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Social Wine  TapasJason Atherton’s newest outpost, Social Wine & Tapas – headed by Laure Patry – is the best tapas joint the Independent’s John Walsh has encountered outside of Spain.

“This is, basically, a very fancy wine bar with a long menu of small dishes to share while trying umpteen wines in small 125ml servings,” he says, before eulogising about the food.

Having enjoyed “an orgy of piggery jiggery-pokery: Basque-region ham croquettes resembling arancini balls, a jamon-manchega toastie with quail’s eggs (basically a croque monsieur with a touch of Brideshead), Cecina salami and fat slices of Iberico bellota”, panfried duck egg with confit leg and cassoulet “was deliciously upbeat, while chargrilled carrots with burnt aubergine, miso and walnut pesto “was stunning, the truncheon-sized carrot a miso-flavoured, nut-crunchy delight, the aubergine divine”.

When Jason Atherton, one of London’s leading restaurateurs, opens a wine bar next to Selfridges, you take notice, says Time Out’s Guy Dimond. But he feels the service doesn’t quite match up to the brilliant food, yet.

On an early inspection of Social Wine & Tapas in Marylebone, he says: “Although it’s styled as a no-bookings wine bar, everyone was tucking into full meals: a smart decision, because the food is terrific. The Josper grill sears colourful vegetable assemblies, the deep-fryer turns out a lip-puckering salt and pepper squid, and poached egg with oxtail was a triumph of texture and flavour.

“We enjoyed the food a lot, and would have ordered desserts, but we simply couldn’t face another hour of trying to flag down inattentive waiters. Let’s hope they sort out the service here soon, because the outstanding food deserves far better.”

Meanwhile, writing in the Evening Standard, David Sexton says the knock-out food at Atherton’s new venture is a delight, and proves yet again he has excelled his mentor Gordon Ramsay.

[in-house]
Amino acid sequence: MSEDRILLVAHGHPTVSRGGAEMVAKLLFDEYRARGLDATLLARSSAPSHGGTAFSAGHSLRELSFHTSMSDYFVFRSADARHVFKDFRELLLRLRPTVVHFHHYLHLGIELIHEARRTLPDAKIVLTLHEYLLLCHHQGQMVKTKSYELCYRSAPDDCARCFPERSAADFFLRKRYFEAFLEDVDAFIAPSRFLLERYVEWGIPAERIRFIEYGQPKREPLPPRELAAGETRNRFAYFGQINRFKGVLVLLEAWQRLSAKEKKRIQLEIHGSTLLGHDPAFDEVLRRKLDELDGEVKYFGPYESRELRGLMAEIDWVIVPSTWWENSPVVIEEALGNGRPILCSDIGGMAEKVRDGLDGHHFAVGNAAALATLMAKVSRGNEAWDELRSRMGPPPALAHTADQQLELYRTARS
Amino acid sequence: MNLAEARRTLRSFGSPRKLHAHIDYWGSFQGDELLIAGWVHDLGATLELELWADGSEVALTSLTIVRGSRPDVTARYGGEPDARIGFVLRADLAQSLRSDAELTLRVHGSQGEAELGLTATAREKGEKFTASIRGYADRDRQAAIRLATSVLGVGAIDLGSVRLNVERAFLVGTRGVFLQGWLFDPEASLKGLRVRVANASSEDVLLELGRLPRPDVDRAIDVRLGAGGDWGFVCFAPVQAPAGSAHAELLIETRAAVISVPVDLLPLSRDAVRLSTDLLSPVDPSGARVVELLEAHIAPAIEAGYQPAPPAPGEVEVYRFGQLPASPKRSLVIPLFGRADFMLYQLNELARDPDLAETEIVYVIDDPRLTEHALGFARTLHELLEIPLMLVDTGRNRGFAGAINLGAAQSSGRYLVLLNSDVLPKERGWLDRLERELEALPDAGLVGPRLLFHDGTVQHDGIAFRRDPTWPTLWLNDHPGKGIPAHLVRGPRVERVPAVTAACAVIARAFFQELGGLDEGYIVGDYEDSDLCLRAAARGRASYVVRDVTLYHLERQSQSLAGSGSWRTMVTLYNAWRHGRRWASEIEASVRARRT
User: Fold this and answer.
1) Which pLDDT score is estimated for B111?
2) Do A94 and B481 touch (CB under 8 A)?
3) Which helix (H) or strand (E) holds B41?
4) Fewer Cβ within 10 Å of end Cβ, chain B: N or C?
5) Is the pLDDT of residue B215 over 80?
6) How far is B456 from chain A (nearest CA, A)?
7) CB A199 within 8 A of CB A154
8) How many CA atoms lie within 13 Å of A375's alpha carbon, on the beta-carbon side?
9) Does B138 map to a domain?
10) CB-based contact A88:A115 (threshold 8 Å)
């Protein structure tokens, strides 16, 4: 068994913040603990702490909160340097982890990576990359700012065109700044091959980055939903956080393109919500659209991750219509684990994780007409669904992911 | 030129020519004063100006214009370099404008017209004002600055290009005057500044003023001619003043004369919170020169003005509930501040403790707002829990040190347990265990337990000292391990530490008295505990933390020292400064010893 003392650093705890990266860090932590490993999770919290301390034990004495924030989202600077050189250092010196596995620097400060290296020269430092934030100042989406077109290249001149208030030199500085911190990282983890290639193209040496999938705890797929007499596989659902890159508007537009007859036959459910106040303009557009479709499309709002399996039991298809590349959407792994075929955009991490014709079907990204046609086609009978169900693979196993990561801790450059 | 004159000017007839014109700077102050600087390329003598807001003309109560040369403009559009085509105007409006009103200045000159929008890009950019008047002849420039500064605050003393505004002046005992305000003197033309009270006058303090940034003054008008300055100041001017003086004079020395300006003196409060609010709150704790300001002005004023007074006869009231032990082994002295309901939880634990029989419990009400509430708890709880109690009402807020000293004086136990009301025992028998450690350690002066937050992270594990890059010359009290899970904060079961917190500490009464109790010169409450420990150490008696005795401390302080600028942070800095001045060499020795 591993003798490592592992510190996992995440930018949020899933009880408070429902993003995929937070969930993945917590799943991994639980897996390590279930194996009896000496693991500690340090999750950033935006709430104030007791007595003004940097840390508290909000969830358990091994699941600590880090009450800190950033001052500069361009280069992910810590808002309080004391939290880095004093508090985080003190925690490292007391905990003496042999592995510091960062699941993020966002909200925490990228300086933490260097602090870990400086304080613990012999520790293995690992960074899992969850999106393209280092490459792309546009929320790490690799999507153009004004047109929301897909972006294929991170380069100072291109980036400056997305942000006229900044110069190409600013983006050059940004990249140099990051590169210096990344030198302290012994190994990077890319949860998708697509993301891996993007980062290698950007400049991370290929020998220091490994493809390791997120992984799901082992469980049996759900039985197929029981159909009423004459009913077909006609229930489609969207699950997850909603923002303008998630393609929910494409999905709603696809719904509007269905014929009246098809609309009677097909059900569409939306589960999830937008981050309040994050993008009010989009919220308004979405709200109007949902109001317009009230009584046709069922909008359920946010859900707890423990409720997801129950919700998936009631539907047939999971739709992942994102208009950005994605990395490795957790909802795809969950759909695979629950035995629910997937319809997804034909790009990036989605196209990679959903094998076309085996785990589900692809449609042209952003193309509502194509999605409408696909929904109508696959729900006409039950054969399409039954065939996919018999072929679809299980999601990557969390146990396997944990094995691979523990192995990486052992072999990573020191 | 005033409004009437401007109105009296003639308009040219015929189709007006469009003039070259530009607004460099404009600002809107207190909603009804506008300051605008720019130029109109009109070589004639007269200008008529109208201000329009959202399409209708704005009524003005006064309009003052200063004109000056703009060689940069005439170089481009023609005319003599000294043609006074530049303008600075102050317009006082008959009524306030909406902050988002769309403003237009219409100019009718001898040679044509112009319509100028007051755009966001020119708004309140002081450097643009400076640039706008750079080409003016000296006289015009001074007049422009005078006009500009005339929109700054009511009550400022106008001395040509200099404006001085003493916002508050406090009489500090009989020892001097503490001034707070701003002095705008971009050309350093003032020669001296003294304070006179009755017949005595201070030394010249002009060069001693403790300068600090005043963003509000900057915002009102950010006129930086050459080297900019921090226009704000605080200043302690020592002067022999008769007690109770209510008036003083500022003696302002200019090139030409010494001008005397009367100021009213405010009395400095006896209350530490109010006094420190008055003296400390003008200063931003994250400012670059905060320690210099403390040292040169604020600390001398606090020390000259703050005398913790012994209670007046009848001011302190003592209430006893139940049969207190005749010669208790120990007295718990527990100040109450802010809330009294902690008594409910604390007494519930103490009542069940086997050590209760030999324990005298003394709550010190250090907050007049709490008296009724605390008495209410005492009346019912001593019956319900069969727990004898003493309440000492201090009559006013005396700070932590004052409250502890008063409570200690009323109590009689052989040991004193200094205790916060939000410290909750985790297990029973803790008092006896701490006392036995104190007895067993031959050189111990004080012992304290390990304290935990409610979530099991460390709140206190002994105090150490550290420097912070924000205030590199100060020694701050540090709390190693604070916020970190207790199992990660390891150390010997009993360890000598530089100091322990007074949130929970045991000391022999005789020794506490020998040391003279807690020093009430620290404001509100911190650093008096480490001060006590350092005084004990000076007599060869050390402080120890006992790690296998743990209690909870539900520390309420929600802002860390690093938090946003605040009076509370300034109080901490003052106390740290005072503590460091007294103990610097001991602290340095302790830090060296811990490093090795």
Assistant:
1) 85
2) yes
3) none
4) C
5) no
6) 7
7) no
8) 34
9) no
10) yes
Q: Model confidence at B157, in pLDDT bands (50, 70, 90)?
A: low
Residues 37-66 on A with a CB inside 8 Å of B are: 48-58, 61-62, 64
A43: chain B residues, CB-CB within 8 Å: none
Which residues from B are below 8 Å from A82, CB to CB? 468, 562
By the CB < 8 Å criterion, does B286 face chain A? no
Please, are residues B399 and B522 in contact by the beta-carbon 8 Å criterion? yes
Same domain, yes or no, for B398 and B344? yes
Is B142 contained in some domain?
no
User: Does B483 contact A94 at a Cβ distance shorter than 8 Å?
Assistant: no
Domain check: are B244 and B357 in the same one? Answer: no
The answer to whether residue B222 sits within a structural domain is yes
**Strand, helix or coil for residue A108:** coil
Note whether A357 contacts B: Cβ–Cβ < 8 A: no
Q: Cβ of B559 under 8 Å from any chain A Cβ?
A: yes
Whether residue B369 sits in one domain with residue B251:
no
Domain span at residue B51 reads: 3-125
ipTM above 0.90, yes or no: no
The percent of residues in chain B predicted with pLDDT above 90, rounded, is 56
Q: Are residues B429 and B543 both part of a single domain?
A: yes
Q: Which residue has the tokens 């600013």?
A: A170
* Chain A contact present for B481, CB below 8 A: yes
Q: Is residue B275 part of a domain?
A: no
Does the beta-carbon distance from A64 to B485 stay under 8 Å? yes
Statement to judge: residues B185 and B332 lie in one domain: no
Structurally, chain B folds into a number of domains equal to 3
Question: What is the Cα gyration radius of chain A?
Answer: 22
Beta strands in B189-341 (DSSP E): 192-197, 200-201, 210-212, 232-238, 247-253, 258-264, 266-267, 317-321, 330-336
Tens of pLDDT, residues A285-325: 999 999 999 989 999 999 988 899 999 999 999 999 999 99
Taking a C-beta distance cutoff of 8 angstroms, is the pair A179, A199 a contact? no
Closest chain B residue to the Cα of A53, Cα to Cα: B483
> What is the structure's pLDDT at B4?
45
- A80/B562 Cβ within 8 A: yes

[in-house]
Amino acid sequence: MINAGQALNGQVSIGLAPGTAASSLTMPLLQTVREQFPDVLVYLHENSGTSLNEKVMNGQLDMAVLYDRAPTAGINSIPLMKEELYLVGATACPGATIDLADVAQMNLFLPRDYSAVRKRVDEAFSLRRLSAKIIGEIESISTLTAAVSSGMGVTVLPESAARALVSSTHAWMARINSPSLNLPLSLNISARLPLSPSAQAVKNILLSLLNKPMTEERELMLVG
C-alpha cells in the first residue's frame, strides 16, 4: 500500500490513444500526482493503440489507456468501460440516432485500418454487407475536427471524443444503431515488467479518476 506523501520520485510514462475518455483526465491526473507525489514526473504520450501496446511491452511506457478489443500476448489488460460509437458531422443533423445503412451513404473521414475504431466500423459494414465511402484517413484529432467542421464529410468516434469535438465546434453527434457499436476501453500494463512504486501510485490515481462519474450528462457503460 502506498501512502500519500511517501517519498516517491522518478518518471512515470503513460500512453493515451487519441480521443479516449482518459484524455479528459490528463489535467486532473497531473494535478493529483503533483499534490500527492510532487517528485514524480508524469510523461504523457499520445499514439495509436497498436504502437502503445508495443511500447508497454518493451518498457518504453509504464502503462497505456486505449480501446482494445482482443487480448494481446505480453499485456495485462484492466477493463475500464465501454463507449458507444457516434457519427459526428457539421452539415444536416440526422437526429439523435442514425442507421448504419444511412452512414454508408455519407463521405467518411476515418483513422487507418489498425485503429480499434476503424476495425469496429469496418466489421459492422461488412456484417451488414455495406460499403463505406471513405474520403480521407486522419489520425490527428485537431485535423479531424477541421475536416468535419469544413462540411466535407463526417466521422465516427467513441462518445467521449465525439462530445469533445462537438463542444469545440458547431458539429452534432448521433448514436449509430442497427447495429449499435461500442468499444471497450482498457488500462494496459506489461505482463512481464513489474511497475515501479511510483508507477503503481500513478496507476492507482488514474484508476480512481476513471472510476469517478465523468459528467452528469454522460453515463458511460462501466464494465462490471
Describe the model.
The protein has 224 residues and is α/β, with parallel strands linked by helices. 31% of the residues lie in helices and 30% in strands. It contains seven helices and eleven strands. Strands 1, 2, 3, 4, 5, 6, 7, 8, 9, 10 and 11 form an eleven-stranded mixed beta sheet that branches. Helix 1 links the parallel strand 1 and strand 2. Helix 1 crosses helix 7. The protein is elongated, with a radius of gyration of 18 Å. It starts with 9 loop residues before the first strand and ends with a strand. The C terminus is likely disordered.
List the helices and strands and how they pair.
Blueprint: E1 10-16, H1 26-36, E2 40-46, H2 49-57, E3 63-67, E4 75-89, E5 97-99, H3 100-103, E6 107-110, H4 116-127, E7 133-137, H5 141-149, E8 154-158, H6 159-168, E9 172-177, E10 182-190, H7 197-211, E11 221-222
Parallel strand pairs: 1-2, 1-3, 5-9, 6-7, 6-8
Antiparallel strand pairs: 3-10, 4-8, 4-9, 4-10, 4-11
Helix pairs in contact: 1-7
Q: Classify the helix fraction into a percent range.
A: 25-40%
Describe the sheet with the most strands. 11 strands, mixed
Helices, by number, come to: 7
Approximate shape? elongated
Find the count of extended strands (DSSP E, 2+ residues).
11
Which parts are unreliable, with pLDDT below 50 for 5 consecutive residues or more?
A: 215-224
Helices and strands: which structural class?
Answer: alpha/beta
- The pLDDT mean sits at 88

“Seafood & rabbit Spanish rice (£9) was the star, enough for a meal in itself: richly savoury rice (a fish stock?) with pieces of rabbit, more of those chipirones, some mussels, a hint of chorizo, beautifully saffron-suffused: like a paella gone to heaven and refined before being returned.

“The pièce de resistance we had to try was rose veal & foie gras burgers, pulled pork, avocado, pickled cucumber (£12): two natty little burgers, transfixed with a little skewer, sitting on a board: the different meats had been cunningly combined, the foie gras melted in for richness rather than as an identifiable separate texture, to make a micro-hamburger of delight.”

The Times’ Giles Coren visits Leicester House in London in the site of what used to be the St John hotel but doesn’t expect the French-Vietnamese brasserie to last all that long.

“The blackened squid with salt, pepper, lime and chilli were fine apart from the not being blackened. Slices of rare venison with asparagus, black radish and whatever muoi tieu is (a waitress said a kind of vegetable, the internet says a dipping sauce) were all fine and dandy, and there wasn’t much wrong with a big bahn mi (which is a filled baguette) full of grilled pork belly, duck liver and mayo.

“But then there was a soggy imprecision to the fried quail (with, wait for it, “salt, lime …”) that spoke of oil not hot enough, and batter maybe overbeaten, and I was a teeny bit grossed out to find wonton full of crab in a rich, sticky broth made with the bones of four-footed things.

“I very much hope I am proved wrong, but this time next year I fully expect to be back here, on the site of what used to be Leicester House.”

Marina O’Loughlin would almost be prepared to swim to Greenwich for Stevie Parle’s clay-baked duck at Craft in Greenwich.

Writing in the Guardian, she says: “Parle himself brings the bird, wrapped in pale clay and looking for all the world, on its nest of pine, like a giant pupa. Tap, tap with the truncheon, and the clay parts to reveal more layers, hay and fermented cabbage. The larval impression intensifies as cabbage is peeled apart, trailing strings of ducky goo. It’s all very Alien. But out of this vaguely disturbing carapace emerges a luminous “butterfly”: a roast duck, bronze-lacquered in honey and miso, almost too perfect-looking to be real – like one of those plastic Japanese window-display foods.

“It’s whisked away to return, jointed and carved into pristine chunks, with wafers of purple pickled carrot, roll of cabbage, a sweet-savoury pear (from, I think, its “broad bean and barley miso”) and “fireplace potatoes”, sliced into an armadillo shape, like hasselbacks – nutty, crisp, bewitching – roasted in Craft’s own-cultured butter in the ashes of the wood-fired ovens. The duck alone is worth the schlep to Greenwich. Hell, with its tender, rosy flesh, sticky skin, fat basted away to nothing, and the whole suffused with a subtle smokiness and sweetness, I’d almost swim there for it.

“It’s hard for the rest of the menu to keep up with this barnstormer, but keep up it does.”